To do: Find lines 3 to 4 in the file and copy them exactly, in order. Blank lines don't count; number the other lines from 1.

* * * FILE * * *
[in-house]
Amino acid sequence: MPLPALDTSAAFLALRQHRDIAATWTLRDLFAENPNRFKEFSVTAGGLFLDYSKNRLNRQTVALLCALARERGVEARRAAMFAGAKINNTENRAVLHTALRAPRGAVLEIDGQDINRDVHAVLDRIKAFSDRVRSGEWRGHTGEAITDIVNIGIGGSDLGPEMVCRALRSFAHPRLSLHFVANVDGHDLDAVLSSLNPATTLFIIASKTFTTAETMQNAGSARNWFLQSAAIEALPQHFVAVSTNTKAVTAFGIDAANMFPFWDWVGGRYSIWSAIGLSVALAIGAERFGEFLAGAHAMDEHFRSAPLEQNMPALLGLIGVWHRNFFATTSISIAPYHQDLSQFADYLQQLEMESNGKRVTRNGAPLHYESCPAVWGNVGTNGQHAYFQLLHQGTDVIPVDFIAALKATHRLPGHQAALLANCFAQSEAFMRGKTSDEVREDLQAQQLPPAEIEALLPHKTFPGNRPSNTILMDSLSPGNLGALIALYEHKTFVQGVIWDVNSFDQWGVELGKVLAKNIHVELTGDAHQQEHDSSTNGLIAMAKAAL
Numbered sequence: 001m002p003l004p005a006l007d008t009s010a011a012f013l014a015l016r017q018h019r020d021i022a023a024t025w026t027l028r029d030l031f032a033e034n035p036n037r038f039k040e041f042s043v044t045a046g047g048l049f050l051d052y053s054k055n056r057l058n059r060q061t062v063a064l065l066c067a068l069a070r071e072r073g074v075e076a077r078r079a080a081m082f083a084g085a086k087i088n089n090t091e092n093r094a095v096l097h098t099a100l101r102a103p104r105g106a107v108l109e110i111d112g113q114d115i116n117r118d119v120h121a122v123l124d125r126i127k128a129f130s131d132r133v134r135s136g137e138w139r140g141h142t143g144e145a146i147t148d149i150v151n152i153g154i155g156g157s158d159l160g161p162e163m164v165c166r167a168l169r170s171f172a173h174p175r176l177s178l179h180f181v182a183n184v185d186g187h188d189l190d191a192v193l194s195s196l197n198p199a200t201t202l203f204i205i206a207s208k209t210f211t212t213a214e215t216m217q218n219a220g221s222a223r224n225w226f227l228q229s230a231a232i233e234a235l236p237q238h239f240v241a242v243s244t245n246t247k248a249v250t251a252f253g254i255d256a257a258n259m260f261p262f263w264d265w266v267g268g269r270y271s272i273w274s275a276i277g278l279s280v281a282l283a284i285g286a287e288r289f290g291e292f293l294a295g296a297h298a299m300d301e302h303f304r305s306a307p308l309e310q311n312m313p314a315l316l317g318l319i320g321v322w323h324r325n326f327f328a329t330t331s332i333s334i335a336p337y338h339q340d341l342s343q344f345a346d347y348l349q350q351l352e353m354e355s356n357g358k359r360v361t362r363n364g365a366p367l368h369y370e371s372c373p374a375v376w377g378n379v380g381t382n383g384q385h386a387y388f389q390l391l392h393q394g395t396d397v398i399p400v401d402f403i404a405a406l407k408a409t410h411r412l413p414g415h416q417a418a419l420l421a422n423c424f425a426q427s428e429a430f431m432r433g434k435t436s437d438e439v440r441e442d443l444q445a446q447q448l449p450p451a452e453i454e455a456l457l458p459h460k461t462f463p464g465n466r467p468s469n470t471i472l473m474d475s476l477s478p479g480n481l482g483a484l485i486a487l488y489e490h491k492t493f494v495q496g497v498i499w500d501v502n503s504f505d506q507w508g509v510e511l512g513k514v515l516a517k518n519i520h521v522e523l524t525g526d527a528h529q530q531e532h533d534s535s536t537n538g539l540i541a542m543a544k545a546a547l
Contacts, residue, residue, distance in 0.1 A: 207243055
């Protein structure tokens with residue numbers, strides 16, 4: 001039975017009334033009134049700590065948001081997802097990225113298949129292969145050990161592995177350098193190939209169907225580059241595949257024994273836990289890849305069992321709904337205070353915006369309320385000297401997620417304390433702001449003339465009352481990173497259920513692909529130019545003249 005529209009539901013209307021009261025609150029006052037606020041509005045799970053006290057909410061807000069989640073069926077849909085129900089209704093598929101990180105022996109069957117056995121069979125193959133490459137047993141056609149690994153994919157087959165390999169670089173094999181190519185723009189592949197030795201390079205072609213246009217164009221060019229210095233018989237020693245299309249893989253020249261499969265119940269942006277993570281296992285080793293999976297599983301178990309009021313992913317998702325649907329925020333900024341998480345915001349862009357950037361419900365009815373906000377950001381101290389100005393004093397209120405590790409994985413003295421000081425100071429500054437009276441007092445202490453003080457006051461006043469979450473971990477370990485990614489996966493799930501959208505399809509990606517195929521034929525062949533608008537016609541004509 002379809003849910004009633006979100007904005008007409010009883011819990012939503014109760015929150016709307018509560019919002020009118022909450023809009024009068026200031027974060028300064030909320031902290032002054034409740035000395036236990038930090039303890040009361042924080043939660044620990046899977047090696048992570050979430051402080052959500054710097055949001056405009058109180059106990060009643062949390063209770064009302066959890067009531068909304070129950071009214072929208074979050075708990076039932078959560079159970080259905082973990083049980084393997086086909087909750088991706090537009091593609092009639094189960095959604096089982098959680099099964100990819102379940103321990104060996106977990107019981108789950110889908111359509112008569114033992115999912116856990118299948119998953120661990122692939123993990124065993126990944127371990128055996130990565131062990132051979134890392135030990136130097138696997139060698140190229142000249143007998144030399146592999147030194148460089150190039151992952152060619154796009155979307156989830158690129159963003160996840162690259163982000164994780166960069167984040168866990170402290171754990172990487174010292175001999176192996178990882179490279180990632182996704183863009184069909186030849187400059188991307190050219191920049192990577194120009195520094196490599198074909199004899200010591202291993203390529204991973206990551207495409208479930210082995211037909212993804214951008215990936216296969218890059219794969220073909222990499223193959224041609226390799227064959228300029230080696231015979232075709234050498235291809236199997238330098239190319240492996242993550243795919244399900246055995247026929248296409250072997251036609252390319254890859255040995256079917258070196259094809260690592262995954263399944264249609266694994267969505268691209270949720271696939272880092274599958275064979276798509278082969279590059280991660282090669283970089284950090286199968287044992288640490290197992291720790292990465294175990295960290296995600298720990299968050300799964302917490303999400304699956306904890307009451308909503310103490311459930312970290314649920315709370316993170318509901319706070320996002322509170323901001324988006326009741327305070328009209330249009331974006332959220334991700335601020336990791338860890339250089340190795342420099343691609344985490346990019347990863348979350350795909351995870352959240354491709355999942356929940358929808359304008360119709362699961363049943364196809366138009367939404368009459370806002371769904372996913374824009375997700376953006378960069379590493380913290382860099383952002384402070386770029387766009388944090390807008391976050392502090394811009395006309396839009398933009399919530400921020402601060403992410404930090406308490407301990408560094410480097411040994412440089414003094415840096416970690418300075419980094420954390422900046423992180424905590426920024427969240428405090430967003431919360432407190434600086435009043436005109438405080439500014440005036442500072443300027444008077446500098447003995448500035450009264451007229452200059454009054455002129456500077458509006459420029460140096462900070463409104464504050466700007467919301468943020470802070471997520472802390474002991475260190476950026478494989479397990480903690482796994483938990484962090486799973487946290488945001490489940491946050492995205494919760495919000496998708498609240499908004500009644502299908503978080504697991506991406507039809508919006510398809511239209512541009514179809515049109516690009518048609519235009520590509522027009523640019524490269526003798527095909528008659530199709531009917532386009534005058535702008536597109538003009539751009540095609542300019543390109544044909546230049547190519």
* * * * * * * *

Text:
Numbered sequence: 001m002p003l004p005a006l007d008t009s010a011a012f013l014a015l016r017q018h019r020d021i022a023a024t025w026t027l028r029d030l031f032a033e034n035p036n037r038f039k040e041f042s043v044t045a046g047g048l049f050l051d052y053s054k055n056r057l058n059r060q061t062v063a064l065l066c067a068l069a070r071e072r073g074v075e076a077r078r079a080a081m082f083a084g085a086k087i088n089n090t091e092n093r094a095v096l097h098t099a100l101r102a103p104r105g106a107v108l109e110i111d112g113q114d115i116n117r118d119v120h121a122v123l124d125r126i127k128a129f130s131d132r133v134r135s136g137e138w139r140g141h142t143g144e145a146i147t148d149i150v151n152i153g154i155g156g157s158d159l160g161p162e163m164v165c166r167a168l169r170s171f172a173h174p175r176l177s178l179h180f181v182a183n184v185d186g187h188d189l190d191a192v193l194s195s196l197n198p199a200t201t202l203f204i205i206a207s208k209t210f211t212t213a214e215t216m217q218n219a220g221s222a223r224n225w226f227l228q229s230a231a232i233e234a235l236p237q238h239f240v241a242v243s244t245n246t247k248a249v250t251a252f253g254i255d256a257a258n259m260f261p262f263w264d265w266v267g268g269r270y271s272i273w274s275a276i277g278l279s280v281a282l283a284i285g286a287e288r289f290g291e292f293l294a295g296a297h298a299m300d301e302h303f304r305s306a307p308l309e310q311n312m313p314a315l316l317g318l319i320g321v322w323h324r325n326f327f328a329t330t331s332i333s334i335a336p337y338h339q340d341l342s343q344f345a346d347y348l349q350q351l352e353m354e355s356n357g358k359r360v361t362r363n364g365a366p367l368h369y370e371s372c373p374a375v376w377g378n379v380g381t382n383g384q385h386a387y388f389q390l391l392h393q394g395t396d397v398i399p400v401d402f403i404a405a406l407k408a409t410h411r412l413p414g415h416q417a418a419l420l421a422n423c424f425a426q427s428e429a430f431m432r433g434k435t436s437d438e439v440r441e442d443l444q445a446q447q448l449p450p451a452e453i454e455a456l457l458p459h460k461t462f463p464g465n466r467p468s469n470t471i472l473m474d475s476l477s478p479g480n481l482g483a484l485i486a487l488y489e490h491k492t493f494v495q496g497v498i499w500d501v502n503s504f505d506q507w508g509v510e511l512g513k514v515l516a517k518n519i520h521v522e523l524t525g526d527a528h529q530q531e532h533d534s535s536t537n538g539l540i541a542m543a544k545a546a547l
Contacts, residue, residue, distance in 0.1 A: 207243055